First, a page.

[0,2,4,6,8,10]
 Using Generator expression.
>>> even_integers = (i for i in range(10) if i%2==0)
>>> list(even_integers)
[0,2,4,6,8]
Given a list of names, we can convert each name in the list to uppercase using the following code:
name_list = ["Adam","Eve","John","Doe","Peter","Paul","Kevin"]
 Use of functions.
def names_to_uppercase(names):
uppercase_names = []
for name in names:
name.upper()
uppercase_names.append(name)
return uppercase_names
 Use of generator functions.
def names_to_uppercase_generator(names):
for name in names:
name.upper()
yield name
 Use of generator expressions.
>>> uppercase_names = (name.upper() for name in name_list)
>>> list(uppercase_names)
['ADAM', 'EVE', 'JOHN', 'DOE', 'PETER', 'PAUL', 'KEVIN']
Profiling Generator Performance
>>> import sys
# Square root of numbers in a range using list comprehension.
>>> nums_squared_list = [n * 2 for n in range(10000)]
>>> sys.getsizeof(nums_squared_list)
87724
# Square root of numbers in a range using generator functions.
>>> nums_squared_generator = (n ** 2 for n in range(10000))
>>> print(sys.getsizeof(nums_squared_generator))
125
List comprehension uses 87724 bytes of memory while the generator function uses only 125 bytes of memory. By using generators we save memory when compared to list comprehension where a lot of memory is used.
The getsizeof()
object returns the amount of memory that holds the nums_squared_list
list compared to len()
object that would return the total number of items with the nums_sqaured_list
list.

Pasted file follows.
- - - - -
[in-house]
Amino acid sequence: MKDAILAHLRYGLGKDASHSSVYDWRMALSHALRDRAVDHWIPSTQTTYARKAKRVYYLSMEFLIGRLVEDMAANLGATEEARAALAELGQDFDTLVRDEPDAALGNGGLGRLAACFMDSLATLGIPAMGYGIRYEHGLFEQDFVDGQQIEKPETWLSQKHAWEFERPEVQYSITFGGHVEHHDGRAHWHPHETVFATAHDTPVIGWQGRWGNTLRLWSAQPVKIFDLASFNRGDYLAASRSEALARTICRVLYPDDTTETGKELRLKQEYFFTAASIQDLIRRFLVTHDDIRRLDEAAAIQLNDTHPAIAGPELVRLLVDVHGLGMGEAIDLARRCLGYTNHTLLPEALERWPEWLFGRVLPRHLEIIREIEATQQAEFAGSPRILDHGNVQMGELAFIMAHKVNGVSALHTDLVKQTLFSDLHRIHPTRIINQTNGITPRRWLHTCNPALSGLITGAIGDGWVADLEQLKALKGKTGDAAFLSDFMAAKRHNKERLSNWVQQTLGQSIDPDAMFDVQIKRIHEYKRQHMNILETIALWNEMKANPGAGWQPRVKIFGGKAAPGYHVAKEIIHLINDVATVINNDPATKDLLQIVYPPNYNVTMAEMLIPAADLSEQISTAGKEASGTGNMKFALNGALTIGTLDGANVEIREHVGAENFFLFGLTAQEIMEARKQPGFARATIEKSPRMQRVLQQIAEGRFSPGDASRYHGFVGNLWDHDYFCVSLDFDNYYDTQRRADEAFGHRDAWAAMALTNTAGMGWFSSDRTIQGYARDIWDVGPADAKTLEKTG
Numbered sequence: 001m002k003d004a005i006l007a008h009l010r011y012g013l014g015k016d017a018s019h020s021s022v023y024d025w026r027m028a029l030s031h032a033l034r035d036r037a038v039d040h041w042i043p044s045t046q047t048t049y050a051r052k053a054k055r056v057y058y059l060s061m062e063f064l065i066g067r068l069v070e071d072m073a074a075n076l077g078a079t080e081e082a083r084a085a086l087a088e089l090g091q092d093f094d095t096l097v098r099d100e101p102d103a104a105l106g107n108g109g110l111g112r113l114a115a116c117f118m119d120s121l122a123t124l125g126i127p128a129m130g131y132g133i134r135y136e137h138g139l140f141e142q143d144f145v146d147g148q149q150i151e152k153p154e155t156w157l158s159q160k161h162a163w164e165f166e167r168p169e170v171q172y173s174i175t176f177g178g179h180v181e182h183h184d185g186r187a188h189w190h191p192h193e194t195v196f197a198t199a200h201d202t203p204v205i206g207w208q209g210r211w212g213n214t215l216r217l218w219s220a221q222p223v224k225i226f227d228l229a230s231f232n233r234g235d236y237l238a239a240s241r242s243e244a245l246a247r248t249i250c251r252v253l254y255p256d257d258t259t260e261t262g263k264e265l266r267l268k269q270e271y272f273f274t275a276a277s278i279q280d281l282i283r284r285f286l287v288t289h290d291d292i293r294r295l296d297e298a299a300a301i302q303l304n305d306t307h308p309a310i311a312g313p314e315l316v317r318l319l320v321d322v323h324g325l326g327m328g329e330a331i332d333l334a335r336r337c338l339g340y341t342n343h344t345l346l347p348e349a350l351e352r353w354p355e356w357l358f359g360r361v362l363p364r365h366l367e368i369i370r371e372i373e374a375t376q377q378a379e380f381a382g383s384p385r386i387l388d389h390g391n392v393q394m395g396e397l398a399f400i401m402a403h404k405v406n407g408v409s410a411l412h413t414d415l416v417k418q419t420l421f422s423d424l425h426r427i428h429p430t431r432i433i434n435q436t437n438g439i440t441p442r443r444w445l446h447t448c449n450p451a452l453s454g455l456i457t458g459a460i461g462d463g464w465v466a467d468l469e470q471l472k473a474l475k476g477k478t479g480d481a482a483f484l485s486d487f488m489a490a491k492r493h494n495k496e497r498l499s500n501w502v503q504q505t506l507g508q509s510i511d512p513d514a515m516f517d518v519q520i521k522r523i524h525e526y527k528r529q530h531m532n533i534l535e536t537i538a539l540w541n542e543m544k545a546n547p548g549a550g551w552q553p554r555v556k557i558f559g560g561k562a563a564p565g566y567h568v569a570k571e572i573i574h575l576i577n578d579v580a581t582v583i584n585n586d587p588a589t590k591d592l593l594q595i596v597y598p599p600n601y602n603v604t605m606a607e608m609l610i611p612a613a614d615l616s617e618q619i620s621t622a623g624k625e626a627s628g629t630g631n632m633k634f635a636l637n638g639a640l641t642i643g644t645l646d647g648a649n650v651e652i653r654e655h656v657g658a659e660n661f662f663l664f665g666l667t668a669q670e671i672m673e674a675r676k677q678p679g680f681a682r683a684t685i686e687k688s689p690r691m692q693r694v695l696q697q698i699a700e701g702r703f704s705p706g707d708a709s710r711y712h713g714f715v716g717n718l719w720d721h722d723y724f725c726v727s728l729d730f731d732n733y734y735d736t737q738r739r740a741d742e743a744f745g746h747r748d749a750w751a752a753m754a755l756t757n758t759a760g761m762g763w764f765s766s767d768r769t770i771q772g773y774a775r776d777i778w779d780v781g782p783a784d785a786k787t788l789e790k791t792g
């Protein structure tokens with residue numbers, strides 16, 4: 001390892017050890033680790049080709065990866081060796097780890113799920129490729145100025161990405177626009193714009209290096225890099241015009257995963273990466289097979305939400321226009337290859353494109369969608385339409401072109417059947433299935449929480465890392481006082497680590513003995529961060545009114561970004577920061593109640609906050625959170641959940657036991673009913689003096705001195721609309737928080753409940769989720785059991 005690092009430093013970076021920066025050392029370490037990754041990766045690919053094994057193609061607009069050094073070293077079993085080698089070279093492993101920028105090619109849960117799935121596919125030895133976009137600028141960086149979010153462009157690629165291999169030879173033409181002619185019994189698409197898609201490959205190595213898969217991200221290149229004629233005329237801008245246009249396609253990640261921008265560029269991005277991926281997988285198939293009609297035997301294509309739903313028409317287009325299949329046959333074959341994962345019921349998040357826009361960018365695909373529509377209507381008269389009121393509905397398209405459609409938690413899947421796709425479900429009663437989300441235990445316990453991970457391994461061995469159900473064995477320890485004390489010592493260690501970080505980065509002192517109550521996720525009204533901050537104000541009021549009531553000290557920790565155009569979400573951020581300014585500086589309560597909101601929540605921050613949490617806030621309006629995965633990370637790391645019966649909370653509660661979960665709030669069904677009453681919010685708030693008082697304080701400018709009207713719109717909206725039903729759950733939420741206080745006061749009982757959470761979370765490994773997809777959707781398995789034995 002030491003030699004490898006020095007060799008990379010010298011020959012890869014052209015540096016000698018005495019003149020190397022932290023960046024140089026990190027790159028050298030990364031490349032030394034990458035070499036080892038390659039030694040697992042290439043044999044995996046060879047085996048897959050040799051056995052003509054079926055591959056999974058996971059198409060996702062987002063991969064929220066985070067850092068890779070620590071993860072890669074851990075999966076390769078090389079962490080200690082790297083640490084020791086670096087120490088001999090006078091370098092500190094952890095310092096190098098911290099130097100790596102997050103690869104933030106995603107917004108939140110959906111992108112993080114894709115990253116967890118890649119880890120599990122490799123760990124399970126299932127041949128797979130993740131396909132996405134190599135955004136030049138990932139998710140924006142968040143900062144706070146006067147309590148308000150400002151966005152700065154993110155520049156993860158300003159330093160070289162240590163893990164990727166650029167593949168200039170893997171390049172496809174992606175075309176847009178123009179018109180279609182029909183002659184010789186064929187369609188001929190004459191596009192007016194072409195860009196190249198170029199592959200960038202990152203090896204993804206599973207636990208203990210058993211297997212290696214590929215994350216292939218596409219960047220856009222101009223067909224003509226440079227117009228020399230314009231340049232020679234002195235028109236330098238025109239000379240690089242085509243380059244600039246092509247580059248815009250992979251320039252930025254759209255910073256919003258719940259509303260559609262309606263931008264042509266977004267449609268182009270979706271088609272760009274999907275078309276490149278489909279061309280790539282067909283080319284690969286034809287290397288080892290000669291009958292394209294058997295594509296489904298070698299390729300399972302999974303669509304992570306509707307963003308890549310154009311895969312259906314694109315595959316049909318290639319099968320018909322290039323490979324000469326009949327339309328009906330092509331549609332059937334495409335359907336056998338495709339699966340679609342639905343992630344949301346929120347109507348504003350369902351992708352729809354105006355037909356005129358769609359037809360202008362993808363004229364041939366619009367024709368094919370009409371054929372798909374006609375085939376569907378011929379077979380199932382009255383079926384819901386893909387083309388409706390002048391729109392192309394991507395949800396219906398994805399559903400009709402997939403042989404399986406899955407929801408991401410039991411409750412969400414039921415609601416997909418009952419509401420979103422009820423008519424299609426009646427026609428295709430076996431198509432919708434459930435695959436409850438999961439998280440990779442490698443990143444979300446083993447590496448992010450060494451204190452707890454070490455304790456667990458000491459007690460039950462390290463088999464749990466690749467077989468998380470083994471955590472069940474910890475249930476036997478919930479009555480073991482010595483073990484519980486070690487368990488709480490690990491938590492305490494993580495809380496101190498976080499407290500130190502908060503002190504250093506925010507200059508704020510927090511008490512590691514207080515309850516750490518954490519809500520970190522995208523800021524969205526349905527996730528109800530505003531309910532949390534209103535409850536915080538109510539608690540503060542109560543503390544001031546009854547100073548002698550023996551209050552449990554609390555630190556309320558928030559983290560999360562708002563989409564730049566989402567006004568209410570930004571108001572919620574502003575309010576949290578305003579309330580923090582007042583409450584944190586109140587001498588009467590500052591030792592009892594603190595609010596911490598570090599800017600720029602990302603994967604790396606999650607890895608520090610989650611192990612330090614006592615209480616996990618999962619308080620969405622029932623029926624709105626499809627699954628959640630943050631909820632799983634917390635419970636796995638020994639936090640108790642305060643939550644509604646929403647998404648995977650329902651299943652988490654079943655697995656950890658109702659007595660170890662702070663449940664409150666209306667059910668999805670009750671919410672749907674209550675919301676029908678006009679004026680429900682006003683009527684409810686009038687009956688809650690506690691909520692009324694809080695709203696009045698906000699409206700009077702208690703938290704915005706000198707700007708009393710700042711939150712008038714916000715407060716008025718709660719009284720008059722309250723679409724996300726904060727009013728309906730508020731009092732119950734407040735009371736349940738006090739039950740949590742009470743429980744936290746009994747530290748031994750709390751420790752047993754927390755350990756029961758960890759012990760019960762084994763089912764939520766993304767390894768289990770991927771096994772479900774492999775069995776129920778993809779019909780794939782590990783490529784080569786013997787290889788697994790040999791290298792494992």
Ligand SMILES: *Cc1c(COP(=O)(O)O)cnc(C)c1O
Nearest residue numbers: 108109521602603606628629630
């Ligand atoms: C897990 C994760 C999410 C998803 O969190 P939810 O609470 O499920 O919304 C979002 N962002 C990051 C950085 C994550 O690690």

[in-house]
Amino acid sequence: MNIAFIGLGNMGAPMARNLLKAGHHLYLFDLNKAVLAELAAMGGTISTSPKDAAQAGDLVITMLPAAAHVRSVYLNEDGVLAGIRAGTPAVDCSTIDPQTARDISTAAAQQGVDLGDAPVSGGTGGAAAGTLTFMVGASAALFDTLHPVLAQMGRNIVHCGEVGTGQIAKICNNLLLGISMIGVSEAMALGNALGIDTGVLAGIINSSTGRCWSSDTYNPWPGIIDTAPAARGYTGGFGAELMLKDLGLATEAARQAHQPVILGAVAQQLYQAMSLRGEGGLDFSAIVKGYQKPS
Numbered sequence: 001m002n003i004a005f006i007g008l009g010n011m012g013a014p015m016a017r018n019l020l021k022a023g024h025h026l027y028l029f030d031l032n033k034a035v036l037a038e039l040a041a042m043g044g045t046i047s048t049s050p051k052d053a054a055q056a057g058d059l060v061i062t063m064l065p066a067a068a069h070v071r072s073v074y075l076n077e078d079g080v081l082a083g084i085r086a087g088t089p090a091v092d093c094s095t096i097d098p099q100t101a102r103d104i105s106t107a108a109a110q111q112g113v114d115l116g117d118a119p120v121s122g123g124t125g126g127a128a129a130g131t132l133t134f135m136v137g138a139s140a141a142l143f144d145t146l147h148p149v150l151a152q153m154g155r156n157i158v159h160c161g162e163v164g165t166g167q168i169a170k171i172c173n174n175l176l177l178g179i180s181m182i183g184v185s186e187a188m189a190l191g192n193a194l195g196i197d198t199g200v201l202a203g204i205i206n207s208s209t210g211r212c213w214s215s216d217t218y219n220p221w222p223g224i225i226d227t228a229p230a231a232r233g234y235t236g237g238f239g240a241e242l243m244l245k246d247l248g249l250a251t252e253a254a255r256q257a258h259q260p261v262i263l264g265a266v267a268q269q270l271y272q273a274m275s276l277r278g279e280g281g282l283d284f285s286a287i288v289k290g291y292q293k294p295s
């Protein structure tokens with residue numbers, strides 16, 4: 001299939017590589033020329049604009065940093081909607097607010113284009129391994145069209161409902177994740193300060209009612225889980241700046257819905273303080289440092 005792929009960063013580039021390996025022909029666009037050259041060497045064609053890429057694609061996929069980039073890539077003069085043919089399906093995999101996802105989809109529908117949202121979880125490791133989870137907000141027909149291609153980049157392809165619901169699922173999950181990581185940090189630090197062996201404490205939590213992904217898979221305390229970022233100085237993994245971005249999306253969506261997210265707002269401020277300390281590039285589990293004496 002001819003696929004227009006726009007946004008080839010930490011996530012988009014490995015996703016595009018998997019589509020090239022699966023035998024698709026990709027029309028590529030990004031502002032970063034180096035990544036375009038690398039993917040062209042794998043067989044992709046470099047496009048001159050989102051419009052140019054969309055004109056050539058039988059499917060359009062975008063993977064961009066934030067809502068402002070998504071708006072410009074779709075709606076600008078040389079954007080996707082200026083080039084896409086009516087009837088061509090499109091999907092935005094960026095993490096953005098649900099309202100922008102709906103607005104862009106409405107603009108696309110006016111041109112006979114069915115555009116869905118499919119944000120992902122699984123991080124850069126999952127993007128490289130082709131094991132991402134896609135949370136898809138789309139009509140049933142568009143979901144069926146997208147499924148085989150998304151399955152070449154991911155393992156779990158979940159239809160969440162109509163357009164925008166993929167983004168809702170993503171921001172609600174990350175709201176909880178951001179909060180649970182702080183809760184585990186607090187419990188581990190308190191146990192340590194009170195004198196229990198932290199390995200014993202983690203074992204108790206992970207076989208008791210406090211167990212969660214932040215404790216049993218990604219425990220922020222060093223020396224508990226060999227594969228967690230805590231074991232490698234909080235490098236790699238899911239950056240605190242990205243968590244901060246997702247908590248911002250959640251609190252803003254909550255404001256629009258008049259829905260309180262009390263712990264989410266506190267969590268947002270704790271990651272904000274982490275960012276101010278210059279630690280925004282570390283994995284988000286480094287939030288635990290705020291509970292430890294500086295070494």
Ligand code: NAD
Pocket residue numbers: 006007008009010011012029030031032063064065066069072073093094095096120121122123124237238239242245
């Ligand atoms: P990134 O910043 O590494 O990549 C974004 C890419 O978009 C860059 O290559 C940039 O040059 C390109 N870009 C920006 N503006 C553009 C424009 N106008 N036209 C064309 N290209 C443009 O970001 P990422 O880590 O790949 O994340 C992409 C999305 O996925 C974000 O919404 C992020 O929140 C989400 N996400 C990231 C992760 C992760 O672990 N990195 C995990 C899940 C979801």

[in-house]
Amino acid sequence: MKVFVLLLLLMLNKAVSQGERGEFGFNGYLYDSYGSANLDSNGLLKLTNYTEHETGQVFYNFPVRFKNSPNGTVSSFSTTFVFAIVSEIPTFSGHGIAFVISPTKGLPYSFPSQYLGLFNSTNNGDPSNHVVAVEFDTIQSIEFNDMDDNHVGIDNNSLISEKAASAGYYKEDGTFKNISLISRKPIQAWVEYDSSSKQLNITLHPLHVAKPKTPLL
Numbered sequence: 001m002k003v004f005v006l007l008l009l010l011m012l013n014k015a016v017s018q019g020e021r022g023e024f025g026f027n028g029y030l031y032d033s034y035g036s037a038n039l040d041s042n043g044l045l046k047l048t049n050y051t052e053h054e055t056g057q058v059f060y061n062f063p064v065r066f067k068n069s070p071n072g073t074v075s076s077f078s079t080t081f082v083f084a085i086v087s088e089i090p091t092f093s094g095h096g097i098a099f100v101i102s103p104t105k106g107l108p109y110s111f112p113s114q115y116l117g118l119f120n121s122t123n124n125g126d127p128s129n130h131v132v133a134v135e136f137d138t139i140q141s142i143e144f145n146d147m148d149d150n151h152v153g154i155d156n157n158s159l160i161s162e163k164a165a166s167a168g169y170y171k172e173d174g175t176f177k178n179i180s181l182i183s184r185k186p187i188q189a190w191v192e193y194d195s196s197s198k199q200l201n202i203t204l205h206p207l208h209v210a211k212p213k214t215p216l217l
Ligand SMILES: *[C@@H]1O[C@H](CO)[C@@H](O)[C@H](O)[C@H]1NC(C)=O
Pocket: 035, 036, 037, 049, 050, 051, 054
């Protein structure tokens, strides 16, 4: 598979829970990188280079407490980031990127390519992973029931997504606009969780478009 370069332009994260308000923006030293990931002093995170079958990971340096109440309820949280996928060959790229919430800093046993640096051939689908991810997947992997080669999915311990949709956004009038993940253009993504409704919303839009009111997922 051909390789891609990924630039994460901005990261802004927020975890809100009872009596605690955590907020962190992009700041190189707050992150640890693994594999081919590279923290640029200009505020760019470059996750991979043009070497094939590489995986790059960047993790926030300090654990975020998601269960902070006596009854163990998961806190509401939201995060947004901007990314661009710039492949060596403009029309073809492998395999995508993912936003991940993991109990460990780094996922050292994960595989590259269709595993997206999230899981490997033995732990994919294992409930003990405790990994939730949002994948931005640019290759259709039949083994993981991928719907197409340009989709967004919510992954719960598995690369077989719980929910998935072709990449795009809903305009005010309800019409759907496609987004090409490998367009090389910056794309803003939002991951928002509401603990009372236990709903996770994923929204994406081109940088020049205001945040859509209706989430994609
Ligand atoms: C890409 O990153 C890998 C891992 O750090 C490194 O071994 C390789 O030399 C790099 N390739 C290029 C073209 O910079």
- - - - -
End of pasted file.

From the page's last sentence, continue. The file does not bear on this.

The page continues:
>>>len(nums_squared_list)
10000
Generating the Fibonacci sequence using generator functions. The Fibonacci sequence is a series of numbers where the next number is identified by adding the two previous numbers.
0, 1, 1, 2, 3, 5, 8, 13, 21, 34, …
def fibonacci_gen():
trailing,leading = 0,1
while True:
yield leading
trailing,leading = leading, trailing+leading
To get the first value of the Fibonacci sequence that we generated using generator function above we call the fibonacci_gen()
function and assign it to variable fib, we then call next()
on the fib
variable, fib.next()
to get the next number in the sequence.
>>>fib = fibonacci_gen()
>>>fib.next()
To get the list of the first 10 values for the fibonacci_gen()
function we call the fib.next()
inside a for loop with a range of 10:
for _ in range(10):
fib.next()
Building Generator pipelines
Data pipelines allow you to string together code to process large datasets or streams of data without maxing out your machine’s memory.
When working with pipelines:

Several pipes can be linked together.

Items flow one by one through the entire pipeline.

We can package pipeline functionality into a callable function.
To get the longest name from the text file names.txt, we create two generator methods.
 The first generator method
full_names
yields names line by line stripping off the new line from each line.  The second generator method lengths yield a tuple with a name and an integer representing its length.
 To get the longest name we use max and pass in the lengths generator object and pass a key for the lengths.
def get_longest_name():
full_names = (name.strip() for name in open("text/names.txt"))
lengths = ((name,len(name)) for name in full_names)
longest = max(lengths,key=lambda x:x[1])
Conclusions
In this article we went over the concepts of generators in Python. They are useful when working with complex datasets and performing memoryintensive tasks. You can find more on Python generators from the Python wiki. These will help you create better applications with cleaner code and offer alternatives to creating nested for loops and working with list comprehensions that are memory intensive.
Peer Review Contributions by: Lalithnarayan C